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Wild Man

by Alecia Simmonds

In April 2012 a man was shot dead by police on a remote farm in New South Wales called the School of Happiness. The victim, who was high on a cocktail of drugs and who suffered from mental illness, had been threatening attendees of a hippie festival with a crossbow and hunting knife. When the police finally arrived, they tried to subdue him but, ultimately, fatal shots were fired.

In Wild Man Alecia Simmonds follows the coronial inquest into the police killing. She reveals what really happened that night and unravels the web of issues entangled in this fascinating, bizarre and, undoubtedly, tragic case: a cultural clash between hippies and hunters; drug use, violence, masculinity and psychosis. She asks how family members, as well as police, came to work on the frontline of mental health.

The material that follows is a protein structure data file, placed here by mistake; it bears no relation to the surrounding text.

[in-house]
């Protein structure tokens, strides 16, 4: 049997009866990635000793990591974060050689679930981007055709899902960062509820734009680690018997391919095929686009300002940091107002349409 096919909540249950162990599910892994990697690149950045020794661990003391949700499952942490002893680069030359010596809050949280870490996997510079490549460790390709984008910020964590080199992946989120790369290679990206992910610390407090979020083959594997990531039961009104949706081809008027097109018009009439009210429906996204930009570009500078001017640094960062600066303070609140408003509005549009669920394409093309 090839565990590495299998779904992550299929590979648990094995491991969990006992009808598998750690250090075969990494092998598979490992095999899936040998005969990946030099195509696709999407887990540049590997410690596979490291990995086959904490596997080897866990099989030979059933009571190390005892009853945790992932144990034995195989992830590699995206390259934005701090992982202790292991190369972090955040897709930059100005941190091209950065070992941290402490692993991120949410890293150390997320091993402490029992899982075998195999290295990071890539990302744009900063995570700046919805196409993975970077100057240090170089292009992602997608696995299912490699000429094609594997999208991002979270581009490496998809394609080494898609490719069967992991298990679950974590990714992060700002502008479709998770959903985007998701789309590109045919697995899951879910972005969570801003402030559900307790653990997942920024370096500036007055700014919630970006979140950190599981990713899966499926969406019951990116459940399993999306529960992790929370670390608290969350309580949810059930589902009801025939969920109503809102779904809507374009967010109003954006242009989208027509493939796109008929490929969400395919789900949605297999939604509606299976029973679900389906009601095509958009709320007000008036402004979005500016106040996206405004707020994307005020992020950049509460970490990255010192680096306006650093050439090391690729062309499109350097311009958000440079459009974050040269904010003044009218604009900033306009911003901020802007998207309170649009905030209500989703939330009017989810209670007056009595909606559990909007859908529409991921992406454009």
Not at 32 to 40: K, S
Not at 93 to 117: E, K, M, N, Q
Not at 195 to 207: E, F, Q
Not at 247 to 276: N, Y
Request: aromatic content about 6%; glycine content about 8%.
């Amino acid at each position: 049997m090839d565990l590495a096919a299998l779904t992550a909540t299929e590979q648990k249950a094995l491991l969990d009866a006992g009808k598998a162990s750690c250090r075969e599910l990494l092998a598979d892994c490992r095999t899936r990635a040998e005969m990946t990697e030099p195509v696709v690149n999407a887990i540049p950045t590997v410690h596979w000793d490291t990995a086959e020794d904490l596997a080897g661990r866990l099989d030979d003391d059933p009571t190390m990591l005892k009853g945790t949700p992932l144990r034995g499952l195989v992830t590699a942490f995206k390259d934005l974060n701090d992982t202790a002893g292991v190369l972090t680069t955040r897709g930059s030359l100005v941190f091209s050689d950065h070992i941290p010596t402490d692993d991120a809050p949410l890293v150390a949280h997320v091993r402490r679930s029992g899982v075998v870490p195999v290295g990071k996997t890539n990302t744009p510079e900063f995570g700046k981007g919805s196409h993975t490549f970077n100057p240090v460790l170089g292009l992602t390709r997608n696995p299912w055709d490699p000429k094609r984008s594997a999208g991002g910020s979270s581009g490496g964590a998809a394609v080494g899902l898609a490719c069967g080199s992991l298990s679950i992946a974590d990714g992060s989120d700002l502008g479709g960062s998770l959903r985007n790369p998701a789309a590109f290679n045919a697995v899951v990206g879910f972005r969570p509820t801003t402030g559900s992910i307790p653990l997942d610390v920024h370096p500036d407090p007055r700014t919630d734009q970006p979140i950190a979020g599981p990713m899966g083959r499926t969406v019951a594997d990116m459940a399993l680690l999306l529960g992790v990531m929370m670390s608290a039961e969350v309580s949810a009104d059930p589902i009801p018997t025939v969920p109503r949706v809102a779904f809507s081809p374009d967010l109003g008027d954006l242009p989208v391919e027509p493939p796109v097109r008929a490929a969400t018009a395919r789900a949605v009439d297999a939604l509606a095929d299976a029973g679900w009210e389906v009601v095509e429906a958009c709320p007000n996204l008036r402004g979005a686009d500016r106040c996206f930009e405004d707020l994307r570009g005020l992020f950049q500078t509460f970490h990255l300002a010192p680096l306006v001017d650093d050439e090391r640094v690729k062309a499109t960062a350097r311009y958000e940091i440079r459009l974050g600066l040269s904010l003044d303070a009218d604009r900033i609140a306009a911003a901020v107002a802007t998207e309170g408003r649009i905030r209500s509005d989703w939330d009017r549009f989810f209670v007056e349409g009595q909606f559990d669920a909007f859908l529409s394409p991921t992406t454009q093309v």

About Alecia Simmonds

Dr Alecia Simmonds is an inter-disciplinary scholar in law and history. She has published in national and international journals on the relationship between imperialism and the law of nations in the long eighteenth century in an effort to understand the imperial/colonial foundations of international law. Her current postdoctoral research at UTS focuses on the legal regulation of intimacy in the Australasian Colonies, tracing the development of what we now call 'family law'. Through combining a combination of archival research focusing on litigation, legal doctrinal analysis and ‘history from below’ this project explores how the intimate lives of women and men shaped and were shaped by law.



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